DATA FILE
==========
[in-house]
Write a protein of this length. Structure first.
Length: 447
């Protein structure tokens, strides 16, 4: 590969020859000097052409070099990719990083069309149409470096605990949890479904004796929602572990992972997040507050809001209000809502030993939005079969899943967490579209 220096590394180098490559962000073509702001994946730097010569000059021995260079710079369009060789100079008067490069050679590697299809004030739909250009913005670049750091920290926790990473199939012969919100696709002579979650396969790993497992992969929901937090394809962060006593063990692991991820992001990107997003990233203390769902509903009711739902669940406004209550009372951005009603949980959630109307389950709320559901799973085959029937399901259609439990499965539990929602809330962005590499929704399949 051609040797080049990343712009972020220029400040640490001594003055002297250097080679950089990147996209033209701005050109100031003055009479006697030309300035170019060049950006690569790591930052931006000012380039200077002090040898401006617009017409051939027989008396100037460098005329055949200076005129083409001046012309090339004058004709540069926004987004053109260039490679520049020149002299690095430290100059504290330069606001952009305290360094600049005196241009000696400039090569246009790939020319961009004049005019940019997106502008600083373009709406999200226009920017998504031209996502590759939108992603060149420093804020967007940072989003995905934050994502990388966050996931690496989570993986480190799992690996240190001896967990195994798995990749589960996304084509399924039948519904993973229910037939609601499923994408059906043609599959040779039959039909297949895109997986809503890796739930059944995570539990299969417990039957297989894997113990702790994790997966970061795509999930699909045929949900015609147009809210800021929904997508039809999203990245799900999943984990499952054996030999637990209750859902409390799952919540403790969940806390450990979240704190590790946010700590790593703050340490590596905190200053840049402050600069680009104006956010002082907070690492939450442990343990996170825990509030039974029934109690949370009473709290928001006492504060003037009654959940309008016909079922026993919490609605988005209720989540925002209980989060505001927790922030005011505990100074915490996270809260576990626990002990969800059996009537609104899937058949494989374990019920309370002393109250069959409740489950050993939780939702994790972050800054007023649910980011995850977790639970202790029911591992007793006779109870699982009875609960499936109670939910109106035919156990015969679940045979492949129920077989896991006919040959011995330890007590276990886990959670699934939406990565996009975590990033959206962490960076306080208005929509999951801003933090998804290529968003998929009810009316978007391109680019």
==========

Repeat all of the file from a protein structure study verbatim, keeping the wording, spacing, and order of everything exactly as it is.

[in-house]
Write a protein of this length. Structure first.
Length: 447
């Protein structure tokens, strides 16, 4: 590969020859000097052409070099990719990083069309149409470096605990949890479904004796929602572990992972997040507050809001209000809502030993939005079969899943967490579209 220096590394180098490559962000073509702001994946730097010569000059021995260079710079369009060789100079008067490069050679590697299809004030739909250009913005670049750091920290926790990473199939012969919100696709002579979650396969790993497992992969929901937090394809962060006593063990692991991820992001990107997003990233203390769902509903009711739902669940406004209550009372951005009603949980959630109307389950709320559901799973085959029937399901259609439990499965539990929602809330962005590499929704399949 051609040797080049990343712009972020220029400040640490001594003055002297250097080679950089990147996209033209701005050109100031003055009479006697030309300035170019060049950006690569790591930052931006000012380039200077002090040898401006617009017409051939027989008396100037460098005329055949200076005129083409001046012309090339004058004709540069926004987004053109260039490679520049020149002299690095430290100059504290330069606001952009305290360094600049005196241009000696400039090569246009790939020319961009004049005019940019997106502008600083373009709406999200226009920017998504031209996502590759939108992603060149420093804020967007940072989003995905934050994502990388966050996931690496989570993986480190799992690996240190001896967990195994798995990749589960996304084509399924039948519904993973229910037939609601499923994408059906043609599959040779039959039909297949895109997986809503890796739930059944995570539990299969417990039957297989894997113990702790994790997966970061795509999930699909045929949900015609147009809210800021929904997508039809999203990245799900999943984990499952054996030999637990209750859902409390799952919540403790969940806390450990979240704190590790946010700590790593703050340490590596905190200053840049402050600069680009104006956010002082907070690492939450442990343990996170825990509030039974029934109690949370009473709290928001006492504060003037009654959940309008016909079922026993919490609605988005209720989540925002209980989060505001927790922030005011505990100074915490996270809260576990626990002990969800059996009537609104899937058949494989374990019920309370002393109250069959409740489950050993939780939702994790972050800054007023649910980011995850977790639970202790029911591992007793006779109870699982009875609960499936109670939910109106035919156990015969679940045979492949129920077989896991006919040959011995330890007590276990886990959670699934939406990565996009975590990033959206962490960076306080208005929509999951801003933090998804290529968003998929009810009316978007391109680019």